Floor-Wall joint (bottom of the basement wall)
It is common to see water where the basement floor slab meets the foundation wall. This is the location where the foundation, footing and floor slab intersect but do not make a watertight seal. In essence, the space that is created at this juncture is a lot like a crack. When the ground is saturated or there is a high water table condition, the water will permeate through this joint. Understand that there is no way to access this joint from outside and the best approach to remedy this situation is with the use of a “sub-floor” drainage system.
Concrete cracks! These cracks are vulnerable to water intrusion. During periods of heavy rain or in areas with poor draining soils, water will back up behind the wall and migrate through the cracks. That is why some cracks leak and some do not. It is the crack combined with a flooded soil condition that will cause water intrusion. Draining the sub soils by installing a drainage system below the floor slab or installation of an exterior multi-plied waterproof membrane can remedy this condition.
Many water intrusion problems can be traced back to these two areas. However, water can also leak over the top of the foundation, through pipe penetrations, up from cracks in the floor, etc. That is why an evaluation by an EXPERIENCED waterproofer is needed, not a slick salesman.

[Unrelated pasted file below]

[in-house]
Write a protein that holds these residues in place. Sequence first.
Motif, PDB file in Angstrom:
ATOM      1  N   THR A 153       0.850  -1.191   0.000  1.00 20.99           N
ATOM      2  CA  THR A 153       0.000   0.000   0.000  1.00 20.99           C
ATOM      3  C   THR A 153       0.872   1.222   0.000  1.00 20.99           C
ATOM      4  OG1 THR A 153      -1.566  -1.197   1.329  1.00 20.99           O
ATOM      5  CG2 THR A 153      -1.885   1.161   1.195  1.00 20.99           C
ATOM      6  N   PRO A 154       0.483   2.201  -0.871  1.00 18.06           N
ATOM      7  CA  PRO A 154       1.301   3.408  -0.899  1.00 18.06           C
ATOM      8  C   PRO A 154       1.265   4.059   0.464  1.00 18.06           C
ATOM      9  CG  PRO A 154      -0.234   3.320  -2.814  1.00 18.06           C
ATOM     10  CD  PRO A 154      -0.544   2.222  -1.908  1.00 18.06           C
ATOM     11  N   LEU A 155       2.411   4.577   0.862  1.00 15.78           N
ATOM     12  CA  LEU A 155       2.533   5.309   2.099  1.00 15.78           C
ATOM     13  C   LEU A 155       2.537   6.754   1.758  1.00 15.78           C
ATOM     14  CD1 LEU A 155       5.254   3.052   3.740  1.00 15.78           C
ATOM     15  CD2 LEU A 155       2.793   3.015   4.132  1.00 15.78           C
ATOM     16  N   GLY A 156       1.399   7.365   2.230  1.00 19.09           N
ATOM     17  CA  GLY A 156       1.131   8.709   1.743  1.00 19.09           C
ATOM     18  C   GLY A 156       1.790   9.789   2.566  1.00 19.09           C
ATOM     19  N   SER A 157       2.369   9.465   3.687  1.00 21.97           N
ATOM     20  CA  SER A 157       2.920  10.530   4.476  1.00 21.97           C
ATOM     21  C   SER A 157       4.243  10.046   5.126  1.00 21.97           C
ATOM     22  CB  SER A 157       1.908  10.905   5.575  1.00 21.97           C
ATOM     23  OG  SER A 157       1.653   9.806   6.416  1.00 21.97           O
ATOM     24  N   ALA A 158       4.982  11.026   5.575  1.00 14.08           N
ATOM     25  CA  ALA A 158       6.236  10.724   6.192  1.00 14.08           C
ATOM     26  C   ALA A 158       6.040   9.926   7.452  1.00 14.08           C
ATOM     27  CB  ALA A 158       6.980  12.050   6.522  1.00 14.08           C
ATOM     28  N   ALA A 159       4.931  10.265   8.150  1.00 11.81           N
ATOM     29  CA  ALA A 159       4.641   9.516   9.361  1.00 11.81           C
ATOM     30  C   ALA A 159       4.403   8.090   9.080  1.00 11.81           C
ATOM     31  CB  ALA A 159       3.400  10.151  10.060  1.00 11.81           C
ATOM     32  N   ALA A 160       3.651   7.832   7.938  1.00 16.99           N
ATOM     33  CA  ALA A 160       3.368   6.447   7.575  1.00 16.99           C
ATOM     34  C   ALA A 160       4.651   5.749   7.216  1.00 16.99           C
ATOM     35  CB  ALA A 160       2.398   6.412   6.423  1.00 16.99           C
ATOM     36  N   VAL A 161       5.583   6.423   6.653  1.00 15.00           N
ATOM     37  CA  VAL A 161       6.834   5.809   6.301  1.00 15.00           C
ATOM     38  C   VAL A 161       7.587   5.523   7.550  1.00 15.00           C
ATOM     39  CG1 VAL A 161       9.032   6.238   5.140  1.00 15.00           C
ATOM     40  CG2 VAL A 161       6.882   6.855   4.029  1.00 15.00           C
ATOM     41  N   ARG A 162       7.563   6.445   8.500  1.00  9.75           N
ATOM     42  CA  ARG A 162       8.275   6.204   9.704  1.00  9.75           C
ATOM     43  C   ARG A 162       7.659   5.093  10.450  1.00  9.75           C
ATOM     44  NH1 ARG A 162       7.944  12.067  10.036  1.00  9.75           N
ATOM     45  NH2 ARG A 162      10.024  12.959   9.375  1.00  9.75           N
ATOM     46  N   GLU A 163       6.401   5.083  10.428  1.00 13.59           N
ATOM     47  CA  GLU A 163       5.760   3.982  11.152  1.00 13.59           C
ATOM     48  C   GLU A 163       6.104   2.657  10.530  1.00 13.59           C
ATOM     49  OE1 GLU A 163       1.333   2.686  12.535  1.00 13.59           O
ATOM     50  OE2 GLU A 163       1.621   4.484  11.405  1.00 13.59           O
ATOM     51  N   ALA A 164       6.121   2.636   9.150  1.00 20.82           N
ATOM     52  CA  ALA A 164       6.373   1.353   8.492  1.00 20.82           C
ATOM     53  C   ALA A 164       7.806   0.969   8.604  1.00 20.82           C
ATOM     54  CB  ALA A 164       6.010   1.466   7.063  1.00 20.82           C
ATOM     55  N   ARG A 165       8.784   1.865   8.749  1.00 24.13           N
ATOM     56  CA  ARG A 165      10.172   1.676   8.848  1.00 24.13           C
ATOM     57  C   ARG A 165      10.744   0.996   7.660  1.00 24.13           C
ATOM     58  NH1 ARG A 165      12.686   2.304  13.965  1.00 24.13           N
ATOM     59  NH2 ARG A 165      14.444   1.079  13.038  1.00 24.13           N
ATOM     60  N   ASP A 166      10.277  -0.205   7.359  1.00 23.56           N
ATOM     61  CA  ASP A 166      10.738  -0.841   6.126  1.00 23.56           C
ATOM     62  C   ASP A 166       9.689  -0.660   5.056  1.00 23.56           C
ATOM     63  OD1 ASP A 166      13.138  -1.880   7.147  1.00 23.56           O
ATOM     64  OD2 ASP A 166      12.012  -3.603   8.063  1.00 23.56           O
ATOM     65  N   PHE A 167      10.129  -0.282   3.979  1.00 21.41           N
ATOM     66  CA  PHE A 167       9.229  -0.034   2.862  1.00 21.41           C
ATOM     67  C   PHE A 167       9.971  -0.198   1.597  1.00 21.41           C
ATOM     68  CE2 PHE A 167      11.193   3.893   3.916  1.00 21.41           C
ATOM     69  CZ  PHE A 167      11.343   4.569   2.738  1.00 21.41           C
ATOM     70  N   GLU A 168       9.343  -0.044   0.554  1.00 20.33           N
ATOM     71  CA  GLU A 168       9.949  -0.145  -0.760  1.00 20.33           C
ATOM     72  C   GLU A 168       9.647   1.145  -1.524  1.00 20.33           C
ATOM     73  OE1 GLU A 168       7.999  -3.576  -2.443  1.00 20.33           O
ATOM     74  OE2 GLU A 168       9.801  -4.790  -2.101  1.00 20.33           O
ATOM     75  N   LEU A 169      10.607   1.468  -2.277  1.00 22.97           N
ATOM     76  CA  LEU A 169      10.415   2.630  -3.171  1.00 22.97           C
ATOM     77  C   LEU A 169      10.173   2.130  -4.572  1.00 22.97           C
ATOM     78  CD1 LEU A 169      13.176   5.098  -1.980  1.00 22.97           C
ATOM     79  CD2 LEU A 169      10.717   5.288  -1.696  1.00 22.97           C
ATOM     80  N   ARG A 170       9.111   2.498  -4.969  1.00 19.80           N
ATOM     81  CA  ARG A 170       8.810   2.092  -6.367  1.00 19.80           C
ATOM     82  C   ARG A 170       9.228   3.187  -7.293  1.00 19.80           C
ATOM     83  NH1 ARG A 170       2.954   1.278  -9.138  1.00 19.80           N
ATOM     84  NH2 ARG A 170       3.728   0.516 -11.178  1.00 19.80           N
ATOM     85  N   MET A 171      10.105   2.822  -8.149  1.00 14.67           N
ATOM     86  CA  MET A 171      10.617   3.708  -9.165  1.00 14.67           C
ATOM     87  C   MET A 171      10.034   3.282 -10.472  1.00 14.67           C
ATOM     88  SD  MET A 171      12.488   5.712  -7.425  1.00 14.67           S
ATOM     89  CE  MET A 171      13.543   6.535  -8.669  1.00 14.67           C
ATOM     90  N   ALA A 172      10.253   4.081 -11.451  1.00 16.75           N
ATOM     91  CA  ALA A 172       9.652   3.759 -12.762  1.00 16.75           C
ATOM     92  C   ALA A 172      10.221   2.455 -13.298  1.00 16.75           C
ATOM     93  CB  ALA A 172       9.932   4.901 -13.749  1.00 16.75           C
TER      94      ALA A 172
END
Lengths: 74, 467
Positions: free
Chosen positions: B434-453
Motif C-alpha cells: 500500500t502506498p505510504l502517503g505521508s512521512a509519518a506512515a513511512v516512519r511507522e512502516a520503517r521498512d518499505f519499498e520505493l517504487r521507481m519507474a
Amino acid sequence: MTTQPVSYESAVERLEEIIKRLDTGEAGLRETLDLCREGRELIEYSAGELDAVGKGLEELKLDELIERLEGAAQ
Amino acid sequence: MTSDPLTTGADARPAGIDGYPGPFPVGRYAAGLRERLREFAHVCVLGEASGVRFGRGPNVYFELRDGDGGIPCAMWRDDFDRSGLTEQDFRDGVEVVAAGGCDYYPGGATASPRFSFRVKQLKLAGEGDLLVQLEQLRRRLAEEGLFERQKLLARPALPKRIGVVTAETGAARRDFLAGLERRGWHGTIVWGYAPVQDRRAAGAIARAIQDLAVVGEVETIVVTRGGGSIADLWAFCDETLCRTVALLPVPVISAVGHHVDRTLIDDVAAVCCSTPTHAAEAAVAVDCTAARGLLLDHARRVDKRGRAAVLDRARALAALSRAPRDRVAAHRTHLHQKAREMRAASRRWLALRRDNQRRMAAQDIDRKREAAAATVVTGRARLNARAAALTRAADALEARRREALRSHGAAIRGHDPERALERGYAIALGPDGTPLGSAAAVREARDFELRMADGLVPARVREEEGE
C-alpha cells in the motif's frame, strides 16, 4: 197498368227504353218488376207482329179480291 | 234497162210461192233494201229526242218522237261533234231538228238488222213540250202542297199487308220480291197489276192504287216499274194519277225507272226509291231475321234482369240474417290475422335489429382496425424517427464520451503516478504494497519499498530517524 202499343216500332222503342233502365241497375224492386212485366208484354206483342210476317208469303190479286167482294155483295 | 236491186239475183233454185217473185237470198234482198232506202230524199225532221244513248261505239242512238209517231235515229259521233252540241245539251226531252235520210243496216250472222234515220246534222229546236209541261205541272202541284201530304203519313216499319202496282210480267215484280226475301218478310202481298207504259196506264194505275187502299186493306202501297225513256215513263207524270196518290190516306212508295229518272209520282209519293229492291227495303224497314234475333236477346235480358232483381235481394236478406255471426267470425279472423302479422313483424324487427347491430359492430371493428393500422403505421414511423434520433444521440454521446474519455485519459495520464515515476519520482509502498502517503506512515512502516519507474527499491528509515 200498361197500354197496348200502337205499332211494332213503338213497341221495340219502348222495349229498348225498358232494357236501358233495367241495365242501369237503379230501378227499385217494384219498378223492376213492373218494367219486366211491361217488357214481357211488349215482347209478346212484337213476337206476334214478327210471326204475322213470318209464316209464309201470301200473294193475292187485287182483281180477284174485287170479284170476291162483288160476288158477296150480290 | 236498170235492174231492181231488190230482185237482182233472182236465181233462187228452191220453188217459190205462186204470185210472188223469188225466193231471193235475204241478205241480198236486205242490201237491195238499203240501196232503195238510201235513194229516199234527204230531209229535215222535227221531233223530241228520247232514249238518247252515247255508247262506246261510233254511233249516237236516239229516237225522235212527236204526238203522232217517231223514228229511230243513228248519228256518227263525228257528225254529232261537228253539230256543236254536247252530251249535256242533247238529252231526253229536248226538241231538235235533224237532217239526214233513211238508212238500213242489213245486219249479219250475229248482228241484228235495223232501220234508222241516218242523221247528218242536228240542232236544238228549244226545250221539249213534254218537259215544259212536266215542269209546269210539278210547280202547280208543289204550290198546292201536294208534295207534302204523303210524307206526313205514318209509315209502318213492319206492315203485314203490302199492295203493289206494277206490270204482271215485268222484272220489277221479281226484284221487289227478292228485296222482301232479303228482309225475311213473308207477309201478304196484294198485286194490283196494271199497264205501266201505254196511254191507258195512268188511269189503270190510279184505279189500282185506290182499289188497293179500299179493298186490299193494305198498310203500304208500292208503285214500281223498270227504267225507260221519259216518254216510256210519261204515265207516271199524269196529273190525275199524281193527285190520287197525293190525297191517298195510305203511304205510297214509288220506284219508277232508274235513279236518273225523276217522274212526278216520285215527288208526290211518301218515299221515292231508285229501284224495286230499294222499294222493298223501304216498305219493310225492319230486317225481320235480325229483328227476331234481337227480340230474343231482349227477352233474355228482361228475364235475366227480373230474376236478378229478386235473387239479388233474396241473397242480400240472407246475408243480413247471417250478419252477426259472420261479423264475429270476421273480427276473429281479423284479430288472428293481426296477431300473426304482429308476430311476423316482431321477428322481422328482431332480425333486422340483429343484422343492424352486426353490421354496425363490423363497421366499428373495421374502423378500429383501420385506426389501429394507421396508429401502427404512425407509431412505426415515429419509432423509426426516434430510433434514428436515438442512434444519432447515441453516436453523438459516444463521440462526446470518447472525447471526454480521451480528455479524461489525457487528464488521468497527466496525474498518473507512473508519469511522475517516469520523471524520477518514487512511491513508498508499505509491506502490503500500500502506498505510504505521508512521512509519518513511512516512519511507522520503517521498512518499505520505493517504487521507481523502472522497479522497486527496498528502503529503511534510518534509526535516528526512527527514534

A “French Drain” is a commonly used title for what is more generally referred to as a “Sub-Floor Drainage System” (or Pressure Relief System). The primary function of a Sub-Floor Drainage System is to remove water that would otherwise accumulate under and around the basement floor. This is the water that contributes to high basement humidity and leaks. A well designed Sub-Floor Drainage System will include a filtered perforated round pipe, stone and gravel envelope, vapor barrier and cove drainage (Hollow-Kick Mold). Understanding water table levels, existing footing size, proper positioning of pipes and the replacement of concrete are best left to experienced professionals. Pumps are often utilized in Sub-Floor Drainage Systems to expel the water that would otherwise accumulate under and around the floor.